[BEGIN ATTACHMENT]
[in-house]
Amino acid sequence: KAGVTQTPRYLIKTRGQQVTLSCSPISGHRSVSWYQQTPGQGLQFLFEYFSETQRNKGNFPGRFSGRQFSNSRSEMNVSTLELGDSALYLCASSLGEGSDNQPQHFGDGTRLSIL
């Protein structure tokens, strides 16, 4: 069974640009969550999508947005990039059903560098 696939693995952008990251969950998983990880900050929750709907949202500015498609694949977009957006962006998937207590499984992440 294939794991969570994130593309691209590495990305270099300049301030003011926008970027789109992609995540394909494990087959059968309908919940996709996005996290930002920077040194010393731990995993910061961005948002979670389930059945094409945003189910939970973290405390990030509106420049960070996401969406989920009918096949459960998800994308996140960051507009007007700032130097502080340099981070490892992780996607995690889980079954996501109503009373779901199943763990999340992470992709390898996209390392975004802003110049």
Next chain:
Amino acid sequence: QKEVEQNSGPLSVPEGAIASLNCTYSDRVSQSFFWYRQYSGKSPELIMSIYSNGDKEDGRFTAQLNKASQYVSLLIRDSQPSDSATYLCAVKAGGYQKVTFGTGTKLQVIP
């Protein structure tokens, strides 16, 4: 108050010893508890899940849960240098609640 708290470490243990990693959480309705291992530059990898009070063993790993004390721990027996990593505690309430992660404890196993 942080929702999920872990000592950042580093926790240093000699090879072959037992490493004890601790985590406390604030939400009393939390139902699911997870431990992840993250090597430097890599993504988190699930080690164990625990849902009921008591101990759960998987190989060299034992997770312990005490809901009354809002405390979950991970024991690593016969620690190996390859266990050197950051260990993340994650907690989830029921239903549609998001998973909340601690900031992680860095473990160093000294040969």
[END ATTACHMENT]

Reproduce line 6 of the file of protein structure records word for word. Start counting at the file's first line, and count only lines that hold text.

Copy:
């Protein structure tokens, strides 16, 4: 108050010893508890899940849960240098609640 708290470490243990990693959480309705291992530059990898009070063993790993004390721990027996990593505690309430992660404890196993 942080929702999920872990000592950042580093926790240093000699090879072959037992490493004890601790985590406390604030939400009393939390139902699911997870431990992840993250090597430097890599993504988190699930080690164990625990849902009921008591101990759960998987190989060299034992997770312990005490809901009354809002405390979950991970024991690593016969620690190996390859266990050197950051260990993340994650907690989830029921239903549609998001998973909340601690900031992680860095473990160093000294040969």